I have been doing plenty of reading, but more of the sort to keep me sane between work (read: bouts of grading).
Old Missouri Reviews
Years ago, an old student of my dad's got wind that he had a literary-minded daughter. She was cleaning out her closet, I suppose, but didn't want to throw out a large collection of Missouri Reviews that she had accumulated. Instead, she gathered them up, and presented them to my dad, instructing him to give them to me.
I was flattered, but overwhelmed, by the gift. For years, they sat in my closet, unread. Finally, I decided it was no good just leaving them there, and enacted a ruthless purge. I went through and took out issues with prize-winning stories, or issues with stories by authors whose names I recognized.
The issues that made it onto my shelf have provided most of my reading recently. I've read almost all of the stories now. I admit to skipping most of the poetry, I didn't care for it. The issue above is one that I've read, they're all from the early 2000s. (Don't worry, the rest of the issues weren't thrown out, they're currently in a donation pile.)
Almost Done With:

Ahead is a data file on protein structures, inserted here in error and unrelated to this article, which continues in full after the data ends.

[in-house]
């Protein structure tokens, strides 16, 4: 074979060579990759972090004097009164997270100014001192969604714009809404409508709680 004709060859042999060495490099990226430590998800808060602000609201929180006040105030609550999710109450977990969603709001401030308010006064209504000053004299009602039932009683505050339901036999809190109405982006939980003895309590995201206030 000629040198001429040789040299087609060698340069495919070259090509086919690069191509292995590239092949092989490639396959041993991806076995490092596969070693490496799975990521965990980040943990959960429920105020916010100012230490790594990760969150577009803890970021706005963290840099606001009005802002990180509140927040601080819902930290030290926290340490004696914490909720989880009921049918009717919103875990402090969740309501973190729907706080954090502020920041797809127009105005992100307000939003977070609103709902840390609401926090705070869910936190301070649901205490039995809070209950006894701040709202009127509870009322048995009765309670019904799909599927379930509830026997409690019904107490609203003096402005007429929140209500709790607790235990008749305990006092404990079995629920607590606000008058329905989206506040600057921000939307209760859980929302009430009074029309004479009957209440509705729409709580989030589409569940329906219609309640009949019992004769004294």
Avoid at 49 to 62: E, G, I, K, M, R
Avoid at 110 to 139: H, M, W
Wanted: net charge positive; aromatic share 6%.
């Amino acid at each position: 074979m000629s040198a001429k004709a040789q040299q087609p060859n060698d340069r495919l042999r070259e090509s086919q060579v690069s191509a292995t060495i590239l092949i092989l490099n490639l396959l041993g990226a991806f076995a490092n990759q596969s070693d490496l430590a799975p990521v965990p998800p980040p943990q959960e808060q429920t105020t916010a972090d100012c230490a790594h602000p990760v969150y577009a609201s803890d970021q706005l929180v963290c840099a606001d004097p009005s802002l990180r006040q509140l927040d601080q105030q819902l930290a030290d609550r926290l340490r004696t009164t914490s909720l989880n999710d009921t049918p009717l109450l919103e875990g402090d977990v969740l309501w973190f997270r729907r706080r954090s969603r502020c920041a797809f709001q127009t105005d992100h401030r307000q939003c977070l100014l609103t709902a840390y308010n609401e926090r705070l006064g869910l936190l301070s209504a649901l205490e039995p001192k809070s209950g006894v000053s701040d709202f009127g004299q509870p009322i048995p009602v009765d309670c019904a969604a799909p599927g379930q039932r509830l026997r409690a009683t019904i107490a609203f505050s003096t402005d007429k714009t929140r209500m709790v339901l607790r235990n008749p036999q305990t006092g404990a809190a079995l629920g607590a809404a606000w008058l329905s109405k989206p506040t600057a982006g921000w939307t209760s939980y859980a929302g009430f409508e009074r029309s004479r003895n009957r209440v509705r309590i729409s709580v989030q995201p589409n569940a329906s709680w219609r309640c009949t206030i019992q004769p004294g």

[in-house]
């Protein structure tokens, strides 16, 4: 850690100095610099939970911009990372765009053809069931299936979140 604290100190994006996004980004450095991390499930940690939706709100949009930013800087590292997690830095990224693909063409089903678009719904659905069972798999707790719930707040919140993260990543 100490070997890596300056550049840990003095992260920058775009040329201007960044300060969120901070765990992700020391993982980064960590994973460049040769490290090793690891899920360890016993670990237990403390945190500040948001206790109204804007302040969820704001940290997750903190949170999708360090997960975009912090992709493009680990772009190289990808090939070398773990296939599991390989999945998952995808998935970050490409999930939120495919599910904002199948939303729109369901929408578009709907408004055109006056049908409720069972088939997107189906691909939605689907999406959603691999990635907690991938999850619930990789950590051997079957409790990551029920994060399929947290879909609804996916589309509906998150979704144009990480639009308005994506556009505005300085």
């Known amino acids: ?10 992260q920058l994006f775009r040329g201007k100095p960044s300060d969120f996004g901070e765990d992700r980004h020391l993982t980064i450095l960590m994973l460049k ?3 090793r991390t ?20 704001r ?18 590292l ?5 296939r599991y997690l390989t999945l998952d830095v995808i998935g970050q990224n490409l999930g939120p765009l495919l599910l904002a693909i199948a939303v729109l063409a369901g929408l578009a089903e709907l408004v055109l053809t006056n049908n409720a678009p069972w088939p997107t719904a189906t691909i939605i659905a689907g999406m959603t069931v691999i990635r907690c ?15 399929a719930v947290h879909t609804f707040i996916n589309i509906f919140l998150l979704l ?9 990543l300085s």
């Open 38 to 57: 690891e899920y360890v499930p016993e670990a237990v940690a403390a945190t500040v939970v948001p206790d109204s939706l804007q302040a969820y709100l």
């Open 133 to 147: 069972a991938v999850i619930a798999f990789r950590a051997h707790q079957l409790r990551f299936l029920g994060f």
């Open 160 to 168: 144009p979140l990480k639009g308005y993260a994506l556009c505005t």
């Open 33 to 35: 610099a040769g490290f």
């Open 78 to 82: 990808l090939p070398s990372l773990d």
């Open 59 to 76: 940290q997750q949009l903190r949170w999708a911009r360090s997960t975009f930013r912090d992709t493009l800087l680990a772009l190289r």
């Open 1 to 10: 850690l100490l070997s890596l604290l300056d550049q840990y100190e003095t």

The Best American Non Required Reading 2014, edited by Daniel Handler, introduction by Lemony Snicket
Who could resist a book edited and introduced by Lemony Snicket (we all know Handler is just a front)? For me, it was almost worth getting the book just for the introduction. The stories are actually chosen by a committee of high school students, which I also found interesting. I was very impressed by the first two entries: "On the Study of Physics in Preschool Classrooms" by Matthew Schultz and "AP Style" by Dan Keane, respectively. The following entries were not as impressive, and again, I didn't care for any of the poetry (I'm picky about poetry, what can I say?).
I did really like Rachel Swirsky's story "If You Were a Dinosaur, My Love," which apparently won an award. I remember her from her novella, "The Lady Who Plucked Red Flowers Beneath the Queen's Window." Not in this book, but also a thought-provoking and satisfying read.
Cole Becher's story "Charybdis" made me laugh out loud more than once, even though it's just as heartbreaking as Swirsky's. The bittersweet really has a stranglehold on our national imagination right now, or did it always?
Anyway, collections that I can dip into and out of have been a boon to me lately, and I'm sure will continue to be in these saturated next few weeks.